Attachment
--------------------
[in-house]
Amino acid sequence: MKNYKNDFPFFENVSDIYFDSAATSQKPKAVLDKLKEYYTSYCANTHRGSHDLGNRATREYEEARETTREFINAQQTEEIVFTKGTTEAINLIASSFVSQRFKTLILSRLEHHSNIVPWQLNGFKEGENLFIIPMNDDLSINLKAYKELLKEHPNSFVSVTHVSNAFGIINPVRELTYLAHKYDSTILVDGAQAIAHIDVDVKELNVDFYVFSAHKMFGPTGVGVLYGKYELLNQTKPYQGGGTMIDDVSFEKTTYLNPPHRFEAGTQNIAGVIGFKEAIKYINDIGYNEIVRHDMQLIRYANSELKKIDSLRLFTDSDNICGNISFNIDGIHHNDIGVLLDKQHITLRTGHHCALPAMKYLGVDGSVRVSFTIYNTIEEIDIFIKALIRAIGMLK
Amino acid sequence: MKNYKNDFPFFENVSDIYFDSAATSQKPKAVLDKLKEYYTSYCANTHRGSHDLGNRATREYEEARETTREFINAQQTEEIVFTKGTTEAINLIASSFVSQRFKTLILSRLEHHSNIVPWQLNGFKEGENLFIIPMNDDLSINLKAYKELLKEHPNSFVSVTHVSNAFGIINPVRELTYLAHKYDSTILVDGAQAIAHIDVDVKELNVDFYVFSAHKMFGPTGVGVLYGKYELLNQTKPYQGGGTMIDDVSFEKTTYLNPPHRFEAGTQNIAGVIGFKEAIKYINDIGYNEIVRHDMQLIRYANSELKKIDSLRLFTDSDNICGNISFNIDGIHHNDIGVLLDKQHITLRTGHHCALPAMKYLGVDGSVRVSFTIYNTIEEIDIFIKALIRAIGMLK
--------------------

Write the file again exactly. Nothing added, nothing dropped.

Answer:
[in-house]
Amino acid sequence: MKNYKNDFPFFENVSDIYFDSAATSQKPKAVLDKLKEYYTSYCANTHRGSHDLGNRATREYEEARETTREFINAQQTEEIVFTKGTTEAINLIASSFVSQRFKTLILSRLEHHSNIVPWQLNGFKEGENLFIIPMNDDLSINLKAYKELLKEHPNSFVSVTHVSNAFGIINPVRELTYLAHKYDSTILVDGAQAIAHIDVDVKELNVDFYVFSAHKMFGPTGVGVLYGKYELLNQTKPYQGGGTMIDDVSFEKTTYLNPPHRFEAGTQNIAGVIGFKEAIKYINDIGYNEIVRHDMQLIRYANSELKKIDSLRLFTDSDNICGNISFNIDGIHHNDIGVLLDKQHITLRTGHHCALPAMKYLGVDGSVRVSFTIYNTIEEIDIFIKALIRAIGMLK
Amino acid sequence: MKNYKNDFPFFENVSDIYFDSAATSQKPKAVLDKLKEYYTSYCANTHRGSHDLGNRATREYEEARETTREFINAQQTEEIVFTKGTTEAINLIASSFVSQRFKTLILSRLEHHSNIVPWQLNGFKEGENLFIIPMNDDLSINLKAYKELLKEHPNSFVSVTHVSNAFGIINPVRELTYLAHKYDSTILVDGAQAIAHIDVDVKELNVDFYVFSAHKMFGPTGVGVLYGKYELLNQTKPYQGGGTMIDDVSFEKTTYLNPPHRFEAGTQNIAGVIGFKEAIKYINDIGYNEIVRHDMQLIRYANSELKKIDSLRLFTDSDNICGNISFNIDGIHHNDIGVLLDKQHITLRTGHHCALPAMKYLGVDGSVRVSFTIYNTIEEIDIFIKALIRAIGMLK